Porth Remploy workers stage protest over jobs fears
Disabled workers in Rhondda Cynon Taf are staging a 48-hour protest as the UK government consults on the future of Britain's Remploy factories.
Seventy two jobs in Porth are under threat, along with more than 300 others at eight other Remploy bases in Wales.
There are 54 Remploy factories left in Britain offering sheltered and safe work for people with disabilities.
The UK government is considering a report which suggests workers could find posts in the mainstream market.
The Remploy factories were set up after World War II to provide a sheltered environment for people with disabilities.
Jason Seldon, who works for Remploy in Porth and is a member of the GMB union, said the factory's closure would be "devastating" for the area.
"The protest starts at 12pm, but this is just the start. We have set up a committee and are looking to stage other events such as a march."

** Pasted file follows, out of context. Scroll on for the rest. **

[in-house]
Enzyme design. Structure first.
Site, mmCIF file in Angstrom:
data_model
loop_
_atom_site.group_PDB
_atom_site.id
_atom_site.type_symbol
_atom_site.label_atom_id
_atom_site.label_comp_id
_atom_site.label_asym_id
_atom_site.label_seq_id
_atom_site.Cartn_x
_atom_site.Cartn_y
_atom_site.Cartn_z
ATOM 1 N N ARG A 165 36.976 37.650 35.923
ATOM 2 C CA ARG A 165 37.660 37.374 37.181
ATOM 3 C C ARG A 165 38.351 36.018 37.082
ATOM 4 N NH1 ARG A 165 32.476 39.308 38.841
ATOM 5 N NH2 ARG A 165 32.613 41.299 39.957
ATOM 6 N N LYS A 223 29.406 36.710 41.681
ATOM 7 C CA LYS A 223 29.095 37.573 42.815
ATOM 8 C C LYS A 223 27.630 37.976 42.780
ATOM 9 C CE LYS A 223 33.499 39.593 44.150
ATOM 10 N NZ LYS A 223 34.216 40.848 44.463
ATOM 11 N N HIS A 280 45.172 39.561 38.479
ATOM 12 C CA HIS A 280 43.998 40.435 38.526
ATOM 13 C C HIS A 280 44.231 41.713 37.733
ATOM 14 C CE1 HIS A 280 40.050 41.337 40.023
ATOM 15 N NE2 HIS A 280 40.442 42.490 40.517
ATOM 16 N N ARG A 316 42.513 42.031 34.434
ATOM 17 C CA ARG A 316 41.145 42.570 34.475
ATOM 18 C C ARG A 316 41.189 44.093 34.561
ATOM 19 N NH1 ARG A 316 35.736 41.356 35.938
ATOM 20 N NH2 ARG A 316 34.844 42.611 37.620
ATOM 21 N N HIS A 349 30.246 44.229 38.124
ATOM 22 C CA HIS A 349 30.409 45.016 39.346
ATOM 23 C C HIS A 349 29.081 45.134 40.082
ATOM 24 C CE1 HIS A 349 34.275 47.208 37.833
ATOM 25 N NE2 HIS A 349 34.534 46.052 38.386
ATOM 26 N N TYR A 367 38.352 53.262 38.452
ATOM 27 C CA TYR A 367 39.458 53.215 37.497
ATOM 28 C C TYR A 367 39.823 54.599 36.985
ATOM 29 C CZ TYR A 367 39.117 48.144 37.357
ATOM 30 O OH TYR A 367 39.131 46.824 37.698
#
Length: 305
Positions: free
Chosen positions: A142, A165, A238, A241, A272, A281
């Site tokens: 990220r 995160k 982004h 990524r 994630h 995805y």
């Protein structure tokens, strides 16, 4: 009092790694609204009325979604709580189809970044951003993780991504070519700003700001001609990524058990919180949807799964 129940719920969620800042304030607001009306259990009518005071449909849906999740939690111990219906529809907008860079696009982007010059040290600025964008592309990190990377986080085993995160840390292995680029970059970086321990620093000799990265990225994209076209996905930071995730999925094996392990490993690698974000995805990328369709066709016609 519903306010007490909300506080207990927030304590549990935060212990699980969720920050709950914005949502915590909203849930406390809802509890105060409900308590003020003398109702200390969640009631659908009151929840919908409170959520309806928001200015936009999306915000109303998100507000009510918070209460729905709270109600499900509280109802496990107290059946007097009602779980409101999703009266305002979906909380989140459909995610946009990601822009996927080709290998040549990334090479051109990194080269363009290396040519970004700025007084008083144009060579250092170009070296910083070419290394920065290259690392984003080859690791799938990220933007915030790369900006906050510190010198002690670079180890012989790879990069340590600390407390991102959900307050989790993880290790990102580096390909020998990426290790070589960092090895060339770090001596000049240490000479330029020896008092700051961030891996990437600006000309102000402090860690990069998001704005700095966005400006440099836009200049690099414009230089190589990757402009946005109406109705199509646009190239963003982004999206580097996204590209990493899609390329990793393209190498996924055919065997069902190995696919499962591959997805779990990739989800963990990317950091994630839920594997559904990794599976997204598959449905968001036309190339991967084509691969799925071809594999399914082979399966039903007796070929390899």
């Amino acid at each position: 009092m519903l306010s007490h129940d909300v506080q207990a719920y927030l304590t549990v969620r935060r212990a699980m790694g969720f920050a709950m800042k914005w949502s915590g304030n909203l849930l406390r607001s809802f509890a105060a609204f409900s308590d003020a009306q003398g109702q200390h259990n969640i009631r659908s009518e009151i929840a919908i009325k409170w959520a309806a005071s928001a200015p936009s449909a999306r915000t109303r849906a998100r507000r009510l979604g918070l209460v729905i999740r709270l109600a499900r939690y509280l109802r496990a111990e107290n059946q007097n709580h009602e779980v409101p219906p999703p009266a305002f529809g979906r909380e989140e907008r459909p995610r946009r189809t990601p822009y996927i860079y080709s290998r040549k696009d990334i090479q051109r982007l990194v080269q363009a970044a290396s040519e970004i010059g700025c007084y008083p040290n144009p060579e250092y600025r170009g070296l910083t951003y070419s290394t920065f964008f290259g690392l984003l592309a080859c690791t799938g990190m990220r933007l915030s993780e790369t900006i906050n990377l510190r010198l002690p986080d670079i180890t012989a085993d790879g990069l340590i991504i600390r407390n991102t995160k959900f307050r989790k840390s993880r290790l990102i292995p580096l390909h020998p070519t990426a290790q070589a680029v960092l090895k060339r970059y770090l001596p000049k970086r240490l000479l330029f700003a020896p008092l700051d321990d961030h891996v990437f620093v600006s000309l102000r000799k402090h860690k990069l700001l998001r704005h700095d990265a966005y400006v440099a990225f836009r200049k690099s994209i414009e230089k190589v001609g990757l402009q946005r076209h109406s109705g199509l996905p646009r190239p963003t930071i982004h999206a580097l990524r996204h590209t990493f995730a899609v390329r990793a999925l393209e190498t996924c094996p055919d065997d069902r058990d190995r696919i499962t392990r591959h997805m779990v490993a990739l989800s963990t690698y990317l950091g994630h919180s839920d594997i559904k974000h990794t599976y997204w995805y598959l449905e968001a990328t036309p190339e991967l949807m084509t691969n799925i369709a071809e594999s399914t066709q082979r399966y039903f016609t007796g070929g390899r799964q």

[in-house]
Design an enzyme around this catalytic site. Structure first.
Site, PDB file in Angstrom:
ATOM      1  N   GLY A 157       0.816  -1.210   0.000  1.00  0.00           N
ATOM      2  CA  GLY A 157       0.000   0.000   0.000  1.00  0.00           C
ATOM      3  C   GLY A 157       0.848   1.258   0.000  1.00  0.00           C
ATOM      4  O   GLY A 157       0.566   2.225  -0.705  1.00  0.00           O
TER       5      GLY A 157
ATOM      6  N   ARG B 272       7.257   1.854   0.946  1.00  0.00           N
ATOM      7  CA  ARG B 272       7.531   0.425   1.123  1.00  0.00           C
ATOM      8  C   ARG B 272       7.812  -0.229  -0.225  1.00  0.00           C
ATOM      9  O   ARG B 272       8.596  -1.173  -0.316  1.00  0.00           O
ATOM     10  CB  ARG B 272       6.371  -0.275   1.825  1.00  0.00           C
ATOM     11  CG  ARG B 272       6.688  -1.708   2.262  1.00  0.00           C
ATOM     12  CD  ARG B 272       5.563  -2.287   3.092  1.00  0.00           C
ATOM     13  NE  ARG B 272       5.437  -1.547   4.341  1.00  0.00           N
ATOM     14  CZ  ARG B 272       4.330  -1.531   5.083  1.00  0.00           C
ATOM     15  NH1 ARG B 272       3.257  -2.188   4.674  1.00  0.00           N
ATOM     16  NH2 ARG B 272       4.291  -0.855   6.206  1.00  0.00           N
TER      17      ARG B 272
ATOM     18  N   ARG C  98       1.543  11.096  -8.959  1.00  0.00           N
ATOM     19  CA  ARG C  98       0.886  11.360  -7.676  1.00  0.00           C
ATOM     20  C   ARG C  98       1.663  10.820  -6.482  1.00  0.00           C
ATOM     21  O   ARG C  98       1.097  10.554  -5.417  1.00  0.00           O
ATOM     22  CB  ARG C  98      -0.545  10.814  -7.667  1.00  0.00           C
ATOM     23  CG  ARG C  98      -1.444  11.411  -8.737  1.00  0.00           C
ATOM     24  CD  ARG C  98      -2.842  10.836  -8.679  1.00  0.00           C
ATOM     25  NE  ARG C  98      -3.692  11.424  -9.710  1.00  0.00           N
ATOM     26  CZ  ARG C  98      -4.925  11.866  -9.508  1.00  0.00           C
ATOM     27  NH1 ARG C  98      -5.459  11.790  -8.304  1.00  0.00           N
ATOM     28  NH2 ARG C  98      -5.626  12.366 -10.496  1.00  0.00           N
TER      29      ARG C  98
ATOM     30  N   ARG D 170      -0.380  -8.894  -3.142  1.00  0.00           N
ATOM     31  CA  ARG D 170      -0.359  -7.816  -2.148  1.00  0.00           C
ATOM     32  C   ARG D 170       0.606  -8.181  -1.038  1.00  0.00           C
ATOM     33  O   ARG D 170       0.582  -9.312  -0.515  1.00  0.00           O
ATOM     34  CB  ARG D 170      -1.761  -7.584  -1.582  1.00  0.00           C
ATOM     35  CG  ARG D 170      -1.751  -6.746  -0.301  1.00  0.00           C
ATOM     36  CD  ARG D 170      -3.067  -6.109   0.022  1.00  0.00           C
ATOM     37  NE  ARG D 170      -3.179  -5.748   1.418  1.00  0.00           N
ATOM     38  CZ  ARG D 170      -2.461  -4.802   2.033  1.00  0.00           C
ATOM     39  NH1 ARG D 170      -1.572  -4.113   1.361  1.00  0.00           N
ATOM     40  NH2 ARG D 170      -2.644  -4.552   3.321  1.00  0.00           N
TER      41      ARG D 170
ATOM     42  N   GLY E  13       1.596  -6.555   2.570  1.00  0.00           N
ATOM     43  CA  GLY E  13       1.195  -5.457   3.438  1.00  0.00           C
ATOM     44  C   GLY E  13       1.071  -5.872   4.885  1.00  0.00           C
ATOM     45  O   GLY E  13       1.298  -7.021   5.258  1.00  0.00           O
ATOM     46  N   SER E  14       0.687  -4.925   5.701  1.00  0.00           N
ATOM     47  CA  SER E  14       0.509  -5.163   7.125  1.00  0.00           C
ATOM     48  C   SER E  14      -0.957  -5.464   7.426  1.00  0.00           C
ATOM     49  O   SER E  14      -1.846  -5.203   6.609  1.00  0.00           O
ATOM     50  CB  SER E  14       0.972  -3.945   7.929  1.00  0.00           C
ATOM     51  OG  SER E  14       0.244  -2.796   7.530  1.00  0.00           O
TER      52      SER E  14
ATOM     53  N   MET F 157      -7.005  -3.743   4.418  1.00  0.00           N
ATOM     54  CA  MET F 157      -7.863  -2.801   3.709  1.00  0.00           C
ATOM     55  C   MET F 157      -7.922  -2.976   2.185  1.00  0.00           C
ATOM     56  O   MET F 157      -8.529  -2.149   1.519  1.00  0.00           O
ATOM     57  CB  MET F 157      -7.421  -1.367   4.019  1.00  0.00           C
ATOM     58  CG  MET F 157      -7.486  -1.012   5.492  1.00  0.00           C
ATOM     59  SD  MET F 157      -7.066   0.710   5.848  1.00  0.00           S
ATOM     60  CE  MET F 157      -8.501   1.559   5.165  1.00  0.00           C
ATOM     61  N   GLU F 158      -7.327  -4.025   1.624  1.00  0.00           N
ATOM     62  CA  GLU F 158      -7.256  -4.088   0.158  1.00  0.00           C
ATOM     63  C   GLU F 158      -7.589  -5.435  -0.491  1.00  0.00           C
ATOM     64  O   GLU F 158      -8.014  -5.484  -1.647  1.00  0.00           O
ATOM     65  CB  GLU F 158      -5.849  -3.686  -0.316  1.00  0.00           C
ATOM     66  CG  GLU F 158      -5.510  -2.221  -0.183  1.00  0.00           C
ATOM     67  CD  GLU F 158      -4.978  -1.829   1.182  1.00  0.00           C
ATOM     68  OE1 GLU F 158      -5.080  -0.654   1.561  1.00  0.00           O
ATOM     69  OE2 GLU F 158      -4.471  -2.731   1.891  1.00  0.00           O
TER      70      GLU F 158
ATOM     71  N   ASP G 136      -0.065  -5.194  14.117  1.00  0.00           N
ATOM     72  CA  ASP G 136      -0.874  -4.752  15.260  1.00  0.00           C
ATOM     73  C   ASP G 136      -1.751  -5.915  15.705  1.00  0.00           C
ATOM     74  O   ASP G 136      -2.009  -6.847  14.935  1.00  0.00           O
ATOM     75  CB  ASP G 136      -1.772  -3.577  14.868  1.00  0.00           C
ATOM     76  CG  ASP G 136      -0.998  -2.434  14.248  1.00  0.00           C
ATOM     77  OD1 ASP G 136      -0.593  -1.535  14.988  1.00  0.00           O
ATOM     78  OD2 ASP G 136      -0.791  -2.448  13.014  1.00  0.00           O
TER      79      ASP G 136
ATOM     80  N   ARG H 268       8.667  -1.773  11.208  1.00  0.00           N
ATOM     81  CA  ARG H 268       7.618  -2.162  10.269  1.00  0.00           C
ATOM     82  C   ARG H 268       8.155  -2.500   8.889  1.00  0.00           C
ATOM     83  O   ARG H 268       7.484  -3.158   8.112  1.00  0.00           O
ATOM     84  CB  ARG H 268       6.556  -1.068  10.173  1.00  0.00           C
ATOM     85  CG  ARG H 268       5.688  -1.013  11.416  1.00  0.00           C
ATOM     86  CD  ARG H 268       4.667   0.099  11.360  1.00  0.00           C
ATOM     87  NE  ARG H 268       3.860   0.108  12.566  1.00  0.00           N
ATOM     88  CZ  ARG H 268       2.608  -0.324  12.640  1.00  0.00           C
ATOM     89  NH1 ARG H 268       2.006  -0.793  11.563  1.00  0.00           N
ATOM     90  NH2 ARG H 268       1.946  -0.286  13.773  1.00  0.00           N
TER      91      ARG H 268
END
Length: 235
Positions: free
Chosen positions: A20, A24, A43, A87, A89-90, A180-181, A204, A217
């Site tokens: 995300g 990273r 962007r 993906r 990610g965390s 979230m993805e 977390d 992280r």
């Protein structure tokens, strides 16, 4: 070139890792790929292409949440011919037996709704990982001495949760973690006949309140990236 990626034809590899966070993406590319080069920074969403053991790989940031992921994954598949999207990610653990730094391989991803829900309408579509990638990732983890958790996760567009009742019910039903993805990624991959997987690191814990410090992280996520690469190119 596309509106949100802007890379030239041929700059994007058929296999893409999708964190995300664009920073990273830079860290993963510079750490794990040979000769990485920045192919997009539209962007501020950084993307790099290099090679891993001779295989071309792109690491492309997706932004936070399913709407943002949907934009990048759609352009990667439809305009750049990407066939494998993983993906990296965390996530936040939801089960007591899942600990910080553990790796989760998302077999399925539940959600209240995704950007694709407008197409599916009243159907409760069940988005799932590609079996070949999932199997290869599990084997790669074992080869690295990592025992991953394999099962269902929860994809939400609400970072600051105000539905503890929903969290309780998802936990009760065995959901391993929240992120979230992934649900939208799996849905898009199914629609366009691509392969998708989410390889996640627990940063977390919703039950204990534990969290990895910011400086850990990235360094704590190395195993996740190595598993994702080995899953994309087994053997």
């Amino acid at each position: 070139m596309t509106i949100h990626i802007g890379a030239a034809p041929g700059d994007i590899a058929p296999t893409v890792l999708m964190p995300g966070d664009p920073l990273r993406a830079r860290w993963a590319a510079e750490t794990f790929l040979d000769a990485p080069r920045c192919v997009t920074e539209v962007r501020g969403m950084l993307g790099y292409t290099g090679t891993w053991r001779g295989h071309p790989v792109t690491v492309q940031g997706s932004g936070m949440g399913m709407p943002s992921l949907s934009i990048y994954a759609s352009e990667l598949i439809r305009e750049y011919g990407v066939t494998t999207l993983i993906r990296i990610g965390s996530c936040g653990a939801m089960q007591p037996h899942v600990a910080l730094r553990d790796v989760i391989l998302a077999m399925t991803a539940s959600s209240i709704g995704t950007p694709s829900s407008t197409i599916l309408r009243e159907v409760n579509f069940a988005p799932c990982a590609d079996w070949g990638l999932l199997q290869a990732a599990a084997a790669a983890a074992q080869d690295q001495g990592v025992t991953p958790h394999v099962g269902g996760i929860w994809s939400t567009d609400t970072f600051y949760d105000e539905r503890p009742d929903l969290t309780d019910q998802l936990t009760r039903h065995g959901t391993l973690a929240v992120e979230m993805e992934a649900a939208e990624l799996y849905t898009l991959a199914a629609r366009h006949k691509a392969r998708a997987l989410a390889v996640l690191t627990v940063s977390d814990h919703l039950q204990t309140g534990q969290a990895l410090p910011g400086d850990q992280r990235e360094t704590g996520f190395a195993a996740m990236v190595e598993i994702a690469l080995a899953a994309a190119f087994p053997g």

Mr Seldon said the Porth factory recycled old computers.
"If the factory closed it would be devastating for the area. There are not many jobs in the Rhondda, many of the jobs are in local supermarkets, so if the factory closed it would be devastating for the area," he added.
He said workers from other Remploy factories in Wales had been invited to attend the protest.
Bridgend Remploy worker Robert Jenkins, 42, said the idea that disabled people could be helped to get jobs elsewhere were "slim to none".
"There is not enough work for people out there now. If someone abled-bodied can't get jobs what hope have we got?" he told BBC Radio Wales.
Mr Jenkins said workers had the support of first minister Carwyn Jones who is the local assembly member.
"People have the wrong idea about Remploy [workers] - they think we sit there and basket weave," he said.
"But I can tell you now we do a lot of work for people like Ford and Honda."
A Department for Work and Pensions spokeswoman said "no decisions" had been made about the future of Remploy.
She added: "We said we would consult on the recommendations put forward by Liz Sayce and that is what we are doing.
"The Sayce review is about spending money differently, not cutting it.
"The amount of money going into employment services for disabled is being protected. But by spending it differently there is the potential to support an extra 35,000 disabled people into work."